Pred and a growing number of non-governmental organizations and human rights defenders say aid to the government of Prime Minister Hun Sen should be made conditional on its respect for law and human rights.

Once counted among the Dey Krahorm community's staunchest defenders was former Canadian ambassador to Phnom Penh, Donica Pottie.

"People here still remember her," says Naly Pilorge, a French, Canadian and Khmer national who heads Cambodia's largest human rights organization, The Cambodian League for the Promotion and Defense of Human Rights. "She stood up for the people of Dey Krahorm and for the poor."

While here, Pottie worked to free jailed human rights defenders and pressed the government to end forced removals and halt widespread land expropriation.

But Pottie returned to Ottawa in 2007 and Canada's mission here was downgraded from full-fledged embassy status following cutbacks from Ottawa.

This month, British-based environmental watchdog Global Witness issued a stinging report detailing what it alleges is the parcelling out of the nation's oil, gas and mineral reserves mainly to the family, friends and trusted associates of the government of Hun Sen.

Opposition parties here immediately seized on the report to demand an accounting from the government. But following national elections in July last year, in which Hun Sen's Cambodian People's Party took 91 of 123 seats – elections that were criticized by the European Union and the United Nation's Special Representative for Human Rights as seriously flawed – the opposition is weak.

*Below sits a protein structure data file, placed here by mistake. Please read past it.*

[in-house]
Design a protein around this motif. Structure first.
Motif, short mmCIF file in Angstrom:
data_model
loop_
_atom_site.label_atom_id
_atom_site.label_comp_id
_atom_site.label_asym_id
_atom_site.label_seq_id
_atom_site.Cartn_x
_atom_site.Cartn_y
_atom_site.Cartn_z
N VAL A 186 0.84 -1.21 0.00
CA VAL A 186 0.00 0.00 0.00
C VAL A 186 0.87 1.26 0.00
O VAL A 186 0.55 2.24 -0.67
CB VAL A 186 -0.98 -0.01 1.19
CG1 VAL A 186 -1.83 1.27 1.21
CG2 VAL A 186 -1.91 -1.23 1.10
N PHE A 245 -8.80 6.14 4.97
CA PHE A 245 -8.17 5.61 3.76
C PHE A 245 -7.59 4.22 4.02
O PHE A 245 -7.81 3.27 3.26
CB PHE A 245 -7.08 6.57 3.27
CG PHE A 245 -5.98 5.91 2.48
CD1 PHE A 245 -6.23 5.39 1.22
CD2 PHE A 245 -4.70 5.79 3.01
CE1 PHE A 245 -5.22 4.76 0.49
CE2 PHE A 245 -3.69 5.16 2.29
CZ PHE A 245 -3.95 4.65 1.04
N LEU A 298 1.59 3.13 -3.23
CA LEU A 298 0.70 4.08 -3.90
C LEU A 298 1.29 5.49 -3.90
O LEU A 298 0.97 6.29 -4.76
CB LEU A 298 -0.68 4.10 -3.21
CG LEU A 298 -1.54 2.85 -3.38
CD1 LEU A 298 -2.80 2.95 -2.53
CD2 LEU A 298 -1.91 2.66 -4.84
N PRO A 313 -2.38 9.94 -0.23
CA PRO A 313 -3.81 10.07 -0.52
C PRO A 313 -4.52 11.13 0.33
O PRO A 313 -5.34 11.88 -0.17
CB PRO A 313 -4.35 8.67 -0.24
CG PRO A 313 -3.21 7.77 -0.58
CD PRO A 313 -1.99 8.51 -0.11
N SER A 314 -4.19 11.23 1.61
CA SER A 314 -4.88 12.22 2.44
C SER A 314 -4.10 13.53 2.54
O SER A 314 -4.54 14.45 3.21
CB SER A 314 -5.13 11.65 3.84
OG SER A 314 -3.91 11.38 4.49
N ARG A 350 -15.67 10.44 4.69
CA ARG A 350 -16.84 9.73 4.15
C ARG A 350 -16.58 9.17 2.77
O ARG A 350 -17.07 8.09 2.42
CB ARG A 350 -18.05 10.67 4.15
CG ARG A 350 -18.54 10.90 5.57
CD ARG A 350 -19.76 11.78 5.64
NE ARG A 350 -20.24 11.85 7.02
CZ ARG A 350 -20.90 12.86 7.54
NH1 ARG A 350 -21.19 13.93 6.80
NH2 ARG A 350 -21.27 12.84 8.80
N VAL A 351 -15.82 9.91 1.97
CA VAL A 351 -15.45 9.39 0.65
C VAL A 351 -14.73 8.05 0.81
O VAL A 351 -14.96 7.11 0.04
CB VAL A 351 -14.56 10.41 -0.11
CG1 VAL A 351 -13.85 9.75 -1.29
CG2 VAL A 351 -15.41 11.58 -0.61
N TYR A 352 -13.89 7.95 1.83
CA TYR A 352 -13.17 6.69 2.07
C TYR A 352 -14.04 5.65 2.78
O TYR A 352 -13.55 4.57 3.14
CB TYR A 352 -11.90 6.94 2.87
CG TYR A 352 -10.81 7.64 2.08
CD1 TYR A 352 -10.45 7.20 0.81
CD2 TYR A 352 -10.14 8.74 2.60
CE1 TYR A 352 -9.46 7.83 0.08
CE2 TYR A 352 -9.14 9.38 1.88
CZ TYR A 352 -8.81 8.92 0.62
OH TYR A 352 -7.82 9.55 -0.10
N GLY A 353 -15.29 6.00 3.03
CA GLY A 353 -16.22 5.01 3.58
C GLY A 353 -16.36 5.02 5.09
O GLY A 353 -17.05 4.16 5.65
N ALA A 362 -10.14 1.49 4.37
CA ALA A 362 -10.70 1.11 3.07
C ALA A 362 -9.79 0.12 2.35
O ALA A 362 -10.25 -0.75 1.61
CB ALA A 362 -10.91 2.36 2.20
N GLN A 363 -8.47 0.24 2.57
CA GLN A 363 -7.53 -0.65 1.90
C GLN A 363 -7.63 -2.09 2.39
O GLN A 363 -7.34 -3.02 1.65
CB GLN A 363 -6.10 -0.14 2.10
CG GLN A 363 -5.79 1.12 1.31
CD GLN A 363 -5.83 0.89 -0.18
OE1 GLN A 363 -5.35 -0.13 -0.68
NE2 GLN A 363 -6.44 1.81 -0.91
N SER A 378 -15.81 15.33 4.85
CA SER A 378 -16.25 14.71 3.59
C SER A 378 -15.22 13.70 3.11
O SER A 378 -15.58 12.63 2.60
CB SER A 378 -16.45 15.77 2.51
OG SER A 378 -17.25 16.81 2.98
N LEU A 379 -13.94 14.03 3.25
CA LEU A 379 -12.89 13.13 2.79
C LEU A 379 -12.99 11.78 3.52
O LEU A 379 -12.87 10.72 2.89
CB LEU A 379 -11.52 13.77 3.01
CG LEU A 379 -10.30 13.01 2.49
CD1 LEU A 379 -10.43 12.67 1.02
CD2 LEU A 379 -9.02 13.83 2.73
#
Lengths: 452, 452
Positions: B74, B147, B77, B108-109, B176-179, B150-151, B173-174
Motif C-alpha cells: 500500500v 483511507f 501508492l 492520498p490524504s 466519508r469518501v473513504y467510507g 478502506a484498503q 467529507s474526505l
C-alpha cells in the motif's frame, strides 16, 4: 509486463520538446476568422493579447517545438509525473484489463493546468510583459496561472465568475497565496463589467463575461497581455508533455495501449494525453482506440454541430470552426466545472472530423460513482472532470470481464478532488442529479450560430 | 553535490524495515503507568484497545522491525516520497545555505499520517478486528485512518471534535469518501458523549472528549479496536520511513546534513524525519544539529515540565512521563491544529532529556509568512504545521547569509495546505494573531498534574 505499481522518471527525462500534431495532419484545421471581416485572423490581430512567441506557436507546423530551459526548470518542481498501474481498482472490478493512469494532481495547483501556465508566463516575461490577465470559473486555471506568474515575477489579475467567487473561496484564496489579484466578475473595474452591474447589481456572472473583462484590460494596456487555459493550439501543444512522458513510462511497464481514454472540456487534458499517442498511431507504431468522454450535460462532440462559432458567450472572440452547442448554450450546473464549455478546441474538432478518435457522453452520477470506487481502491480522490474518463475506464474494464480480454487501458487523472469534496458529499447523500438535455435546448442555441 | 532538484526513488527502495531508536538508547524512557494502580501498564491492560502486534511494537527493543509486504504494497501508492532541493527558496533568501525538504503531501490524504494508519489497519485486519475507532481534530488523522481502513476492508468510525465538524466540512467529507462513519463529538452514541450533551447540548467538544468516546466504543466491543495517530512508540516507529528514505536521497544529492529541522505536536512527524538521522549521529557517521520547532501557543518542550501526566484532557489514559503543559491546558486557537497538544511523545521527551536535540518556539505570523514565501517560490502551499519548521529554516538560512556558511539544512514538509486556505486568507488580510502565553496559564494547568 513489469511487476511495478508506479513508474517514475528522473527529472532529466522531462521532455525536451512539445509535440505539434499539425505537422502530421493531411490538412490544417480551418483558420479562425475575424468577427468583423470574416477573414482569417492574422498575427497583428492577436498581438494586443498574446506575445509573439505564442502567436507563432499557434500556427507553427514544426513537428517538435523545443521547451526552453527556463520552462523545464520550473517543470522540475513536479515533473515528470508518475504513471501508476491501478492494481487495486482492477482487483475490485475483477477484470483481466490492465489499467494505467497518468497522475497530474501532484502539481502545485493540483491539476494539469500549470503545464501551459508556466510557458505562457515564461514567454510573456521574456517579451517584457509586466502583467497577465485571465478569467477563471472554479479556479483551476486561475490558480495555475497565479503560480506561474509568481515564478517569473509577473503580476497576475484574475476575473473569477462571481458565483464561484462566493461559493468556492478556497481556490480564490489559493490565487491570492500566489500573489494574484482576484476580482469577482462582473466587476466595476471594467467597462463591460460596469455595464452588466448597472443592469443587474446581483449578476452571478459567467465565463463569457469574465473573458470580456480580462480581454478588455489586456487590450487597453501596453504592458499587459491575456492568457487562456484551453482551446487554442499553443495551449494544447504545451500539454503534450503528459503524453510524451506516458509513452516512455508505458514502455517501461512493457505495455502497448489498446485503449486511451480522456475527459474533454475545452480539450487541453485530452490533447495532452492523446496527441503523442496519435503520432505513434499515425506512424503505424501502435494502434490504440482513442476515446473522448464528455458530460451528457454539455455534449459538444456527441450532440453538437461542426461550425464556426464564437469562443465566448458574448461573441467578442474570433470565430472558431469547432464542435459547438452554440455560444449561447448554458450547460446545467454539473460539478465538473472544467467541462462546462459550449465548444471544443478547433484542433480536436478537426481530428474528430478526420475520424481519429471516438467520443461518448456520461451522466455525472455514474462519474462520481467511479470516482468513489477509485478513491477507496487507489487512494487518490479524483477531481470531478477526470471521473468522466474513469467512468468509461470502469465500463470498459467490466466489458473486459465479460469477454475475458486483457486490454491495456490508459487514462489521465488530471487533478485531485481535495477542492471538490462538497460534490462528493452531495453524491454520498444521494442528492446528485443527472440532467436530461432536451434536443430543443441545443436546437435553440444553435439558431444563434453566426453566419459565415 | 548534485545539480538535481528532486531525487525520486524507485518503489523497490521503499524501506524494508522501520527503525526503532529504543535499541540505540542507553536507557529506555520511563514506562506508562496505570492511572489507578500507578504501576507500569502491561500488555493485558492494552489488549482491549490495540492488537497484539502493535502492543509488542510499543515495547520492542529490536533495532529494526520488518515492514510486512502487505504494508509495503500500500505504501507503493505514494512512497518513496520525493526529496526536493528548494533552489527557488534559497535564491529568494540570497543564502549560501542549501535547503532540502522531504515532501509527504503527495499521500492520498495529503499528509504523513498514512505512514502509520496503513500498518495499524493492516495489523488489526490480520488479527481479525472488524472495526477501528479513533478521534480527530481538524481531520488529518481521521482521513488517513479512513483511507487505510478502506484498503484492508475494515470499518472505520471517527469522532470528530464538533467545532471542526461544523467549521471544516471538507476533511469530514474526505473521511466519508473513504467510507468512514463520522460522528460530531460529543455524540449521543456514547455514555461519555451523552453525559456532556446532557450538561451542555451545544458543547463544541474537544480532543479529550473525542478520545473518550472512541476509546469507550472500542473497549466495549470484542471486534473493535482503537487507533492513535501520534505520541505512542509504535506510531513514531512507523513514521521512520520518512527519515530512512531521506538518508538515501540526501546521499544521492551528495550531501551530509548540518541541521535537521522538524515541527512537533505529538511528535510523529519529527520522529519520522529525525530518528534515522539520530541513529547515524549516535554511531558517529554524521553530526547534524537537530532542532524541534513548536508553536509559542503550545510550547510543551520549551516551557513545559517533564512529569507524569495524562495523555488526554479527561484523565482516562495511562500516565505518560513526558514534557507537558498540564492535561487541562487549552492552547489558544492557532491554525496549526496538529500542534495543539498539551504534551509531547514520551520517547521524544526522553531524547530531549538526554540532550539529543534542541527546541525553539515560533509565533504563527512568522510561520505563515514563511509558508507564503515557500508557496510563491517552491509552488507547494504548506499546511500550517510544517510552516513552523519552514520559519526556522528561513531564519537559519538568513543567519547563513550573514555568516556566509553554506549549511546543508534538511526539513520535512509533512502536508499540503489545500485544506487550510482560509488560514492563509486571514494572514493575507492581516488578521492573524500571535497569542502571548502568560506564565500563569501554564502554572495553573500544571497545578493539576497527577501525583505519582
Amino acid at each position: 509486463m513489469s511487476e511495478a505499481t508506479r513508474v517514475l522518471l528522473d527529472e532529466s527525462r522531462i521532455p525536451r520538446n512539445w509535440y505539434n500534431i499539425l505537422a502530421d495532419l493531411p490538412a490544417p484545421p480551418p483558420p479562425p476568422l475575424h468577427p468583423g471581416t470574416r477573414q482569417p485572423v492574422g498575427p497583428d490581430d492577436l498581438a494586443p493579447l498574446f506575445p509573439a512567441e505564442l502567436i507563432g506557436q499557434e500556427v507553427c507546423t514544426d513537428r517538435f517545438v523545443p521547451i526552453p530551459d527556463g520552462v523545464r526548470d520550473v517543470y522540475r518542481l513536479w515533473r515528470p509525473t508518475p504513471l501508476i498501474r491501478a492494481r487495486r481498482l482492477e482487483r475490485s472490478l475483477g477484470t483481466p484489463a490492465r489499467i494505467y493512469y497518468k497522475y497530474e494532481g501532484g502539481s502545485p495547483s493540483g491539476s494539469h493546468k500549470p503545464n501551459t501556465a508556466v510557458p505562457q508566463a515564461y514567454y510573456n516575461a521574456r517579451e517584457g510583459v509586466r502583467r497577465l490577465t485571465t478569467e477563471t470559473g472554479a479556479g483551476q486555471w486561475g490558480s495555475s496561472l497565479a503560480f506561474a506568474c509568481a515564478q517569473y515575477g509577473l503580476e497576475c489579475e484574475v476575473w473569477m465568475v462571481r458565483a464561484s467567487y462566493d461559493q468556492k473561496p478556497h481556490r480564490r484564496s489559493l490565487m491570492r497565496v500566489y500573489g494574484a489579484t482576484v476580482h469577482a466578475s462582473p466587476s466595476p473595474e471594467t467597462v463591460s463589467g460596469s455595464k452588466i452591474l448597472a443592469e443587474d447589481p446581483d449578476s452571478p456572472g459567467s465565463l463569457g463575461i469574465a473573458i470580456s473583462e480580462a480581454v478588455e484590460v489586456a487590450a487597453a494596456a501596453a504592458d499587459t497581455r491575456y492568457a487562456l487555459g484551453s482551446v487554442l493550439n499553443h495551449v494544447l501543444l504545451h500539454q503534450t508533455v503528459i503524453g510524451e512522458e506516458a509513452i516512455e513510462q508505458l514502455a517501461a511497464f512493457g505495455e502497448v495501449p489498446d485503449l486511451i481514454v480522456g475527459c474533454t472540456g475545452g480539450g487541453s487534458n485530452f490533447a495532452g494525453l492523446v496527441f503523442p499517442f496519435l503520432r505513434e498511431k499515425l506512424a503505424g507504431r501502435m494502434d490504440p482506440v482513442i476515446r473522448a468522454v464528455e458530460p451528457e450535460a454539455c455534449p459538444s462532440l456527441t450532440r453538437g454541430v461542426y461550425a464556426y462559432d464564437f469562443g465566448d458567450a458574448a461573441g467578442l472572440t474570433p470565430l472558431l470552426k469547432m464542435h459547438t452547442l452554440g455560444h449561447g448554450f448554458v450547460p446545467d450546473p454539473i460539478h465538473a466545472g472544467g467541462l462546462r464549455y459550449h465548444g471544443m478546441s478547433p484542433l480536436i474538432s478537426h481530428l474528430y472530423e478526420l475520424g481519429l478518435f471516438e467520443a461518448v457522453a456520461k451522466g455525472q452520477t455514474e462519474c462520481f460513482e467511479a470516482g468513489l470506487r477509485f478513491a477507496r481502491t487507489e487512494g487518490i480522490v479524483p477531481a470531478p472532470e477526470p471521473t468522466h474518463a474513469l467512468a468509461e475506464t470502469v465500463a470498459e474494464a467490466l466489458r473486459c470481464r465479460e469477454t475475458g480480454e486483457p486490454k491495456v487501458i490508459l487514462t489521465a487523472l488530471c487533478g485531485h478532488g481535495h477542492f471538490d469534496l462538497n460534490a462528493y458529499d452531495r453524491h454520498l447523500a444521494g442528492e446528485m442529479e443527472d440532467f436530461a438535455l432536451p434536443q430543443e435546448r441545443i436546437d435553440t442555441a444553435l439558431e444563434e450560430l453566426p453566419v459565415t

The government has promised to look into the matter, but with no stated timetable.

Meanwhile, as Cambodia's rich elite get richer, the nation continues to do without.

Cambodia has no national electricity grid.

Its highways are in a shambles.

And more than 60 per cent of Cambodians have no access to clean water.

The land on which Dey Krahorm once stood – the words mean "Red Soil" – was actually granted to the community by the government as a so-called Social Land Concession in 2003, one of several under a plan announced by Hun Sen himself to provide secure land tenure and on-site upgrading for Phnom Penh's poor.

But, as is so often the case in the developing world, the developer persuaded a tiny band of community leaders to affix their thumbprints to documents, turning over the entire parcel for their own lucrative private gain and a remote relocation outside the city. The deal was done without any consultation with the Dey Krahorm residents.

Some gave in. But a rump group of more than 150 families took a stand. They fired the leaders, elected their own and refused to move. Some 250 small retailers and renters stayed with them.

"In our view it (the land grab) was completely illegal," says German lawyer Manfred Hornung, who works for Pilorge's human rights organization and is now defending the leaders of the remaining residents who have been taken to court by the developers.

He warns, too, that forced removals like Dey Krahorm come with significant social costs, costs that may simmer now – and come to a boil later.